View Full Version : Hidden directories
19th September 2004, 02:42 AM
I just found two hidden directories on a workstation with a fairly new install of FC2.
I dont know what they do. Are they legitimate FC2 directories. How can I see what is in them?
19th September 2004, 03:48 AM
/etc/.java is a legitimate directory - the Sun JVM uses that to store system-wide preferences information. You'll get that when you run java as "root" - which is the only user that can write to the /etc directory.
The other file (not a directory) I haven't a clue, but it's on every system I have. Add that fact in, plus only "root" can write to this directory, makes me feel quite confident that it's supposed to be there. ;) Looks like it's written during installation...
19th September 2004, 04:30 AM
19th September 2004, 04:41 AM
That file: /etc/.pwd.lock seem to be there on all the machines here with me -> FC2, RH all the way down to RH7.2. - Zero size file owned by root. I found it on a Solaris machine (SunOS-5.6) too! However DEC-OSF1 machines dont have it.
On my FC2 machine, the date of creation of the file matches the installation date. I did a google search for that. Found a similar thread in debian list (its there on debian machines too!), but they too were left clueless. :rolleyes:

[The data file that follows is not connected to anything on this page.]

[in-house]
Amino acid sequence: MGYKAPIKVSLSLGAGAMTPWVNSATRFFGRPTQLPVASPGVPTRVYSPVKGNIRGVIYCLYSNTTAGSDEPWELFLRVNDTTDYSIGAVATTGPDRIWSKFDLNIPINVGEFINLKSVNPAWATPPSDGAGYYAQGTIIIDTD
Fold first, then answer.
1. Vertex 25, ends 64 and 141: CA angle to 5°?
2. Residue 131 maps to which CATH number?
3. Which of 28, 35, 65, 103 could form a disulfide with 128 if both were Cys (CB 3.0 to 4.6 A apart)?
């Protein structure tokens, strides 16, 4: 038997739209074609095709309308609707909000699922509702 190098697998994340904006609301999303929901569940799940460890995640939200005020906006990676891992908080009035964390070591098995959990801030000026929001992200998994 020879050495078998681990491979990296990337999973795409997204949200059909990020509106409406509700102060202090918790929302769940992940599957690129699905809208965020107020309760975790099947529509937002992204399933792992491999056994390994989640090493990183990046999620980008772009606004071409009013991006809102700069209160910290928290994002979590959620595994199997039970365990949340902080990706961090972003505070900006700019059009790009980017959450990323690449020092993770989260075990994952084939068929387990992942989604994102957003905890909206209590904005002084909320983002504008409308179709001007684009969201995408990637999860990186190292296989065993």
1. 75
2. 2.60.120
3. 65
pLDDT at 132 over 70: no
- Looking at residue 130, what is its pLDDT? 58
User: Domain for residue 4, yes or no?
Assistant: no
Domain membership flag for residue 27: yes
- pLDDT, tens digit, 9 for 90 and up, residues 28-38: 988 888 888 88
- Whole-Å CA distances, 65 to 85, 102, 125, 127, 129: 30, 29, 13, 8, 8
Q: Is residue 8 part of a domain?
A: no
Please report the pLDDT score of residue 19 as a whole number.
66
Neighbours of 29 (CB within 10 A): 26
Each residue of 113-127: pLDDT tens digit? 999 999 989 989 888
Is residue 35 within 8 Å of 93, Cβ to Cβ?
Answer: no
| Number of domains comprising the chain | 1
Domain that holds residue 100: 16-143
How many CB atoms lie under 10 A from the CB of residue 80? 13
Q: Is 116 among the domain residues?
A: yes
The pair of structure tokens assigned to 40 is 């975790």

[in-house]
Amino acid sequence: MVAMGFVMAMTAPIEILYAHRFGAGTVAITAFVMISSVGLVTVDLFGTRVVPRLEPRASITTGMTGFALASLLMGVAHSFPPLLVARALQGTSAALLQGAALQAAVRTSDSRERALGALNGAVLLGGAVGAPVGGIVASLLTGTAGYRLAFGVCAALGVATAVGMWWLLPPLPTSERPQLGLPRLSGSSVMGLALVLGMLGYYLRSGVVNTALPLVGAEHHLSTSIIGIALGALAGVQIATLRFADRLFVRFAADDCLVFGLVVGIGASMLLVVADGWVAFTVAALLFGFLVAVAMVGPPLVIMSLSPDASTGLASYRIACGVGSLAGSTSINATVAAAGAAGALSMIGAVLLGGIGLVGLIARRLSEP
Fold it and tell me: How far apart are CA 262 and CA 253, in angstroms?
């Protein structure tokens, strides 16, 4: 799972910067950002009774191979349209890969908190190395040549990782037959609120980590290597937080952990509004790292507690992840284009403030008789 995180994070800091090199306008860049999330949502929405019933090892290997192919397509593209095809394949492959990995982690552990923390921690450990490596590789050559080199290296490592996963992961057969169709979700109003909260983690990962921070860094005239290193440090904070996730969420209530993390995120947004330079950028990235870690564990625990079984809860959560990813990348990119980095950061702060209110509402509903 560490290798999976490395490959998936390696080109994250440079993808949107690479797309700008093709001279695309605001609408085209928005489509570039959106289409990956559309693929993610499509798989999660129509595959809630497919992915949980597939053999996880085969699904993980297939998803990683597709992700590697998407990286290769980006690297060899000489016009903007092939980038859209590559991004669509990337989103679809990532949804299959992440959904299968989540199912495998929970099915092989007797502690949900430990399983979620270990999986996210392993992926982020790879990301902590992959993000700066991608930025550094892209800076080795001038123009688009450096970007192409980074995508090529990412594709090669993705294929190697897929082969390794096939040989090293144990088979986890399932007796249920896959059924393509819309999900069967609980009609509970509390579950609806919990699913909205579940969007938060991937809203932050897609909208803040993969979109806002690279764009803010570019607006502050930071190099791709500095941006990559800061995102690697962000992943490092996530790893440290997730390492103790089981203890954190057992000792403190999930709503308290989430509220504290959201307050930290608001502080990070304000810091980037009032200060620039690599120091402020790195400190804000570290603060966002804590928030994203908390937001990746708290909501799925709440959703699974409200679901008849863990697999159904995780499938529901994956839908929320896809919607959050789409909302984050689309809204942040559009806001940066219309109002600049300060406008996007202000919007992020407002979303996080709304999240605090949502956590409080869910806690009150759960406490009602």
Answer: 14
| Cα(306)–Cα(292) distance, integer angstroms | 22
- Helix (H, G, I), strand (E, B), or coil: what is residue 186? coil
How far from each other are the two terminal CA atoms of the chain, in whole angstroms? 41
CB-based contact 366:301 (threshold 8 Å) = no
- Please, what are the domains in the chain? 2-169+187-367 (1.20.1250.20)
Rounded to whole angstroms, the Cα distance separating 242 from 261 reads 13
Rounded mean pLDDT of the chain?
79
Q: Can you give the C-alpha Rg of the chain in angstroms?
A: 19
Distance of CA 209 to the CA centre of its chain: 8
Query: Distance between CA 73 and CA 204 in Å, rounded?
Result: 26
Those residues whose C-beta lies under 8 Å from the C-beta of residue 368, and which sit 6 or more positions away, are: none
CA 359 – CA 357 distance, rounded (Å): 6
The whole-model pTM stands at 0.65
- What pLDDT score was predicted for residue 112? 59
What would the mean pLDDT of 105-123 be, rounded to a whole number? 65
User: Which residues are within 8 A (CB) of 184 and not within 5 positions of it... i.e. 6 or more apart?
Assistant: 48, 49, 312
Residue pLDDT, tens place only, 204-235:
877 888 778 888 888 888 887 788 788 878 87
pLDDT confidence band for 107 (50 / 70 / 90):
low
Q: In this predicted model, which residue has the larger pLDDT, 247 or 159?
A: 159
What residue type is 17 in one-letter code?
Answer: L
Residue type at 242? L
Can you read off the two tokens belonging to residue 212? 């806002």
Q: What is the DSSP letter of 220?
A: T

Wonder what that file does. Its very interesting though. I'll post the question on other lists and get back to this thread if I find any answers.
20th September 2004, 01:40 AM
I ran a quick google search, and it looks like the file /etc/.pwd.lock is created by adduser to lock /etc/passwd so no other files write to it while adduser is.
20th September 2004, 06:22 AM
Thats right SuperNu.. While my googling didn't reach anywhere, I too got something, thanks to Atul Chitnis (http://atulchitnis.com/)
/etc/.pwd.lock is the lock file. It is used to coordinate
modification access to the password files /etc/passwd and
/etc/shadow. lckpwdf and ulckpwdf are routines that are
used to gain modification access to the password files,
through the lock file. A process first uses lckpwdf to lock
the lock file thereby gaining exclusive rights to modify the
/etc/passwd or /etc/shadow password file. Upon completing
modifications, a process should release the lock on the lock
file via ulckpwdf. This mechanism prevents simultaneous
modification of the password files. i.e. it is a sentinel file,
never modified, only locked and unlocked as required. Think
of it as a semaphore.
Related manpage (http://www.atmosp.physics.utoronto.ca/SX5/docs/g1ab02e/getspent.3c.html)
Cheers! and thanks phonecian for that interesting question :cool:
21st September 2004, 04:06 AM
Over 10 years using this OS and you still learn something new every day... gotta love it!
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